WEST PALM BEACH, Fla. -- Matt Carpenter's participation in the World Baseball Classic has become uncertain due to back tightness that has left him limited the past two days.Manager Mike Matheny said the Cardinals cut back on Carpenter's work again Friday, one day after the first baseman was scratched. The
WEST PALM BEACH, Fla. -- Matt Carpenter's participation in the World Baseball Classic has become uncertain due to back tightness that has left him limited the past two days.
Manager Mike Matheny said the Cardinals cut back on Carpenter's work again Friday, one day after the first baseman was scratched. The issue isn't expected to persist for long, but Carpenter is up against the clock with the Classic starting next week.
:: 2017 World Baseball Classic ::
He had been scheduled to depart camp Monday to join Team USA. Now, that's in jeopardy.
"I think everything is in conversation at this point," Matheny said of Carpenter's status for the tournament. "We're just trying to get him right and feeling out what he's going to need. We'll follow his lead on it."
The World Baseball Classic runs from Monday through March 22. In the U.S., games will air live exclusively in English on MLB Network and on an authenticated basis via MLBNetwork.com/watch, while ESPN Deportes and WatchESPN will provide the exclusive Spanish-language coverage. MLB.TV Premium subscribers in the U.S. will have access to watch every tournament game live on any of the streaming service's 400-plus supported devices. The tournament will be distributed internationally across all forms of television, internet, mobile and radio in territories excluding the U.S., Puerto Rico and Japan. Get tickets for games at Marlins Park, Tokyo Dome, Gocheok Sky Dome in Seoul, Estadio Charros de Jalisco in Mexico, Petco Park, as well as the Championship Round at Dodger Stadium, while complete coverage -- including schedules, video, stats and gear -- is available at WorldBaseballClassic.com.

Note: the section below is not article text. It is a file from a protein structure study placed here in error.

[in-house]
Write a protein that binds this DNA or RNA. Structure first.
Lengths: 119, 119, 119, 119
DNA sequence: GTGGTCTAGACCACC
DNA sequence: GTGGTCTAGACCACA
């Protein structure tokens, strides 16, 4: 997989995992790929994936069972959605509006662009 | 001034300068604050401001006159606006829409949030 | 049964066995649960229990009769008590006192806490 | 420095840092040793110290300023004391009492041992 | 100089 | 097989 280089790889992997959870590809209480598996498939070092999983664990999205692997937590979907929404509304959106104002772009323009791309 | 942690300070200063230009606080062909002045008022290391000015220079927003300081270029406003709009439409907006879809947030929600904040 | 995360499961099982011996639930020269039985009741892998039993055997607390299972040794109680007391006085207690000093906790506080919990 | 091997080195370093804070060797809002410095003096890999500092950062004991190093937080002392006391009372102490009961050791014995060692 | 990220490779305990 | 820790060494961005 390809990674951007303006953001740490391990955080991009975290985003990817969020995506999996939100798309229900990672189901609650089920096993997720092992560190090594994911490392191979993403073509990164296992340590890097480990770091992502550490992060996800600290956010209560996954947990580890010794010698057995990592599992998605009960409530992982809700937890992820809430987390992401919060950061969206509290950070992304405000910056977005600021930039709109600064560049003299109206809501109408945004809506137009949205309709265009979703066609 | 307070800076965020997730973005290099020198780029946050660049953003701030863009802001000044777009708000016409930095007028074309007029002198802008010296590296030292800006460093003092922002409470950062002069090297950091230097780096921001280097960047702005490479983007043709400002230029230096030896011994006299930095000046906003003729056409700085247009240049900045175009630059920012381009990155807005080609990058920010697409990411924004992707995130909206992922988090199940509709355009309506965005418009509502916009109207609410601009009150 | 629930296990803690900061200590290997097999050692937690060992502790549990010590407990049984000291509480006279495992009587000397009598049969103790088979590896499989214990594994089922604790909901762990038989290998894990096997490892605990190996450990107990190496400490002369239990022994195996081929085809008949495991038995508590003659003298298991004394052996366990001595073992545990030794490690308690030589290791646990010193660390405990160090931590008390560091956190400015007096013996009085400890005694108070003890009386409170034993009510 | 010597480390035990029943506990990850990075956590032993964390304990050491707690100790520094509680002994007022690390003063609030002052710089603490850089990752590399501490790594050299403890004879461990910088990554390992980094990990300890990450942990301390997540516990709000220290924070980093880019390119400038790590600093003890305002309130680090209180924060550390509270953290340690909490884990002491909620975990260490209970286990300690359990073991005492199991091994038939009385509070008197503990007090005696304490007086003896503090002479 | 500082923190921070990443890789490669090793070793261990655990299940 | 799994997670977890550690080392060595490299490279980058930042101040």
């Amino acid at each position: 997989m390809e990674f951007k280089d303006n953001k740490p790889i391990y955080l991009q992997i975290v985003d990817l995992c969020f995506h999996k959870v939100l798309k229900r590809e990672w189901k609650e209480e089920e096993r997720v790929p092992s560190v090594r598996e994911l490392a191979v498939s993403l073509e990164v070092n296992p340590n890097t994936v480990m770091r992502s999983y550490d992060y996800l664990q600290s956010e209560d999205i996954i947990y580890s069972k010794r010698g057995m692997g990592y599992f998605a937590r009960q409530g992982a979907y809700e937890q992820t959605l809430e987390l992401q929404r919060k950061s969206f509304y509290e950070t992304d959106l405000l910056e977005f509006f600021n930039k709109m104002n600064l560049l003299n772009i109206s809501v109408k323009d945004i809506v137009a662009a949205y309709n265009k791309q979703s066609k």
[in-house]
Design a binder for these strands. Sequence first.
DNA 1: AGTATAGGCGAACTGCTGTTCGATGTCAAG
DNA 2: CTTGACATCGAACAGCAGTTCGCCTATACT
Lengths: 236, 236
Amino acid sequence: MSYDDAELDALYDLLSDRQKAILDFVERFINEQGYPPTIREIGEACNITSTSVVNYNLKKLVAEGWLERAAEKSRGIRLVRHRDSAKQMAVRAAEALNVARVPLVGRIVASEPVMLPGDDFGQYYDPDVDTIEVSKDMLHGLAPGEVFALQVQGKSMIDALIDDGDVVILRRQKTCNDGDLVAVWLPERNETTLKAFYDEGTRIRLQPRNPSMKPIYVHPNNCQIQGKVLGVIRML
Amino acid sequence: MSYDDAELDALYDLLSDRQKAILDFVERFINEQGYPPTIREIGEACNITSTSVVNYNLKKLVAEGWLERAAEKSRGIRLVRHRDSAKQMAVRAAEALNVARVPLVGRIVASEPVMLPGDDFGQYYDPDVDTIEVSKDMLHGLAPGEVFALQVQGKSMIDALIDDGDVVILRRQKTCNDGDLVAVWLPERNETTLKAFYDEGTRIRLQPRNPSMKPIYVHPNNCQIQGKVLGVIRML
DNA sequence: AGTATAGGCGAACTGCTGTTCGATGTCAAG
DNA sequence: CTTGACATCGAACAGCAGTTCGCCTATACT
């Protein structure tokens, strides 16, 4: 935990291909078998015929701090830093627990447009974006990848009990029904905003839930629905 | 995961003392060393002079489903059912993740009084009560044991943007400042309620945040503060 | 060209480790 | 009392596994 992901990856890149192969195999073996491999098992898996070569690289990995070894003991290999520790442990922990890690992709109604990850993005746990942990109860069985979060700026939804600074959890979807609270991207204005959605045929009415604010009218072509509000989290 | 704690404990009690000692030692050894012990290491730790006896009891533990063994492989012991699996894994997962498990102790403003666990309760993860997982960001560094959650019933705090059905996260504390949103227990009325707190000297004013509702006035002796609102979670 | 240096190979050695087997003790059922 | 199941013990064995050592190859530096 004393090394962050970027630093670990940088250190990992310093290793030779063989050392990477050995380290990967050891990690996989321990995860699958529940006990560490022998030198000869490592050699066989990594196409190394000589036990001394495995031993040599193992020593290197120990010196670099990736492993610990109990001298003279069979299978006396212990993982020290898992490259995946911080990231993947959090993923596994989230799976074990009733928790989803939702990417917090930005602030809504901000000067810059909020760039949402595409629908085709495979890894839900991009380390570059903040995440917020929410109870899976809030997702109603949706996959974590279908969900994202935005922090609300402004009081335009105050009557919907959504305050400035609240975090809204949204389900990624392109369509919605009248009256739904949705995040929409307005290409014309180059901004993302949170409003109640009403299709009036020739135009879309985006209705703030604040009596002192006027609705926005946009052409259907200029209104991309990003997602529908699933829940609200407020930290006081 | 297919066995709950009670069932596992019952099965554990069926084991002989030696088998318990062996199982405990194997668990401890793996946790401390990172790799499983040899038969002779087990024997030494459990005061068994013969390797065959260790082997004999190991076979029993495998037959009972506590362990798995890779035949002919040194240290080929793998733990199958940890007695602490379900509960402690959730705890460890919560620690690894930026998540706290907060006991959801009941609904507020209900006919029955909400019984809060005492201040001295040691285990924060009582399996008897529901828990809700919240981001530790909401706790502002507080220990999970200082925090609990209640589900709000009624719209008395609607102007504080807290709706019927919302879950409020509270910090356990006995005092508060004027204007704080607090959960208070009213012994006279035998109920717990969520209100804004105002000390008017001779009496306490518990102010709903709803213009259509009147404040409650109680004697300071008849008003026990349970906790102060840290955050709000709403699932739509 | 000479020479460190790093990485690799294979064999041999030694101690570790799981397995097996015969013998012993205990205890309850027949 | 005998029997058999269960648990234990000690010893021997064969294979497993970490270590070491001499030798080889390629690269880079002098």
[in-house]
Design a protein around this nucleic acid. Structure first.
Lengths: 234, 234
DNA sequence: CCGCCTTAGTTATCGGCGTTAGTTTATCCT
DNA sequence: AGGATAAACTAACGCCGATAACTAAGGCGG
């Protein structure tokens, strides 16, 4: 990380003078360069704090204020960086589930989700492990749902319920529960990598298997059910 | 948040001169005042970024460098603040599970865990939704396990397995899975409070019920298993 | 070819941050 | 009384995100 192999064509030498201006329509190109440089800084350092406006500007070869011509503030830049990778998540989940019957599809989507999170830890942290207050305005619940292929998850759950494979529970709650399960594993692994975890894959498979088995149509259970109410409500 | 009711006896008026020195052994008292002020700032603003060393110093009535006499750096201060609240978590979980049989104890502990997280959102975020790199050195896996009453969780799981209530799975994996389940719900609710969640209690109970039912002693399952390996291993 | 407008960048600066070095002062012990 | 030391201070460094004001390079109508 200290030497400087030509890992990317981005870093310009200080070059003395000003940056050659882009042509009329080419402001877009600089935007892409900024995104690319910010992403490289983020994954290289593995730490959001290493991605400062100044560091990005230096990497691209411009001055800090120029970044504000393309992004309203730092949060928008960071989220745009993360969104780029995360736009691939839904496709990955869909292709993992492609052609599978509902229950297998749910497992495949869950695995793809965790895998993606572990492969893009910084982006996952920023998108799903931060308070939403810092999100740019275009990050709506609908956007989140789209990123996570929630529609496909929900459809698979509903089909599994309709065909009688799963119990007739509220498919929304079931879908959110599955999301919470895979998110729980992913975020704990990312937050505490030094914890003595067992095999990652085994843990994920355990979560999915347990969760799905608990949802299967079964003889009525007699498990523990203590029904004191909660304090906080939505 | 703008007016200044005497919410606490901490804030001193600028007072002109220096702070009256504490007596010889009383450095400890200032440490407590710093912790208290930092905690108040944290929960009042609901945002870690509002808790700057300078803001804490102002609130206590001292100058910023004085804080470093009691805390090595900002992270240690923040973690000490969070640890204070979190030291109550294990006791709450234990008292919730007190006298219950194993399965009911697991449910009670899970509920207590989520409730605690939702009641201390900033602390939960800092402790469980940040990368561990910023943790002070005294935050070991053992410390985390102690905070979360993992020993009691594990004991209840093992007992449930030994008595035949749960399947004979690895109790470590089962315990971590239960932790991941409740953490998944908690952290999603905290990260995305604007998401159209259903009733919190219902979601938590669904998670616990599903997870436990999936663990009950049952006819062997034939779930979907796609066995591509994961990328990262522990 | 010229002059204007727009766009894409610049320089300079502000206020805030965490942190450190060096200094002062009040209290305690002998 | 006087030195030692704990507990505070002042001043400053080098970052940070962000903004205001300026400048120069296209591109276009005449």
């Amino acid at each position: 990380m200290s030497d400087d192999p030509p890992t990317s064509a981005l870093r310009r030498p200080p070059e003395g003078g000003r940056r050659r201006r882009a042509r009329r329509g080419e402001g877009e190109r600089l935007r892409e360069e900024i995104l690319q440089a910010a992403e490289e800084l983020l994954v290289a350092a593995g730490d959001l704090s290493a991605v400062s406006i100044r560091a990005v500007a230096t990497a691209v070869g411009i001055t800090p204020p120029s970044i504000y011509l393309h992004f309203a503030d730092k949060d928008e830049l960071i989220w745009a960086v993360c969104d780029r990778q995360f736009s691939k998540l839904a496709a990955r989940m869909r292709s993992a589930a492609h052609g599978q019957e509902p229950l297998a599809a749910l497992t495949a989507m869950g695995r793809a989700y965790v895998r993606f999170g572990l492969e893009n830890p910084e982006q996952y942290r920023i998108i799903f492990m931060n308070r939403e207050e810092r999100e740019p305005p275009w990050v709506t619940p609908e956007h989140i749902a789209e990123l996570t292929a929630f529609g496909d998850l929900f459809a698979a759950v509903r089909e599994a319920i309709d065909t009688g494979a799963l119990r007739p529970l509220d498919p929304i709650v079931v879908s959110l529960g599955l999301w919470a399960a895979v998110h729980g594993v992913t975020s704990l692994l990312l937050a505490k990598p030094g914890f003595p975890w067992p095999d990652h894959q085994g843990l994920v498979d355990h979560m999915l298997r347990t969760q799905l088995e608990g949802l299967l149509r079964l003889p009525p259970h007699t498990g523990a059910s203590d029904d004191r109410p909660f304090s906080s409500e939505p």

Start me up
With Carlos Martinez leaving for the Classic this weekend, the Cardinals have tapped Trevor Rosenthal for Monday's start. It will be Rosenthal's first start since 2012, when he was pitching for Triple-A Memphis.
"I'm looking forward to getting out there and stretching out for a few innings," Rosenthal said. "I think it will be fun to know I'll have an opportunity to be out there longer and have a longer opportunity to work on some stuff."
The former closer allowed one run on two hits over one inning in Friday's 2-1 win over Washington in 10 innings. The work was a tuneup for Monday, when Rosenthal will extend to about 50 pitches.
It's all a part of the Cardinals' plan to stretch Rosenthal this spring so that he can be ready for a variety of roles, depending on need. It's still most likely he'll end up in the bullpen.
Labor of glove
Shortly before the Cardinals boarded a bus for Friday's road game, Matheny found Matt Adams in the clubhouse and made an important delivery: He presented Adams with his glove.
Before and after workouts this spring, Matheny has been busy breaking in gloves for several players. They seek out his help -- yes, Matheny's reputation as the "glove breaker-inner guy" precedes him -- and he molds the mitt to their liking. That includes going into the cage and catching dozens of balls off the machine and/or using a mallet to break up the stiffness.
"I used to always break in other peoples' catchers' mitts, too," Matheny said. "It takes me back. That was my favorite deal. You get a new glove, the smell and breaking it in. I haven't been sleeping on it, but I used to do that. I used to hear, 'Put it under your mattress,' and I don't do that now. I would have some serious neck and backaches."
In addition to helping the catchers perfect their mitts, Matheny has already worked on gloves for Adams, Carpenter and Stephen Piscotty this spring.
Jenifer Langosch has covered the Cardinals for MLB.com since 2012, and previously covered the Pirates from 2007-11. Read her blog, follow her on Twitter, like her Facebook page and listen to her podcast.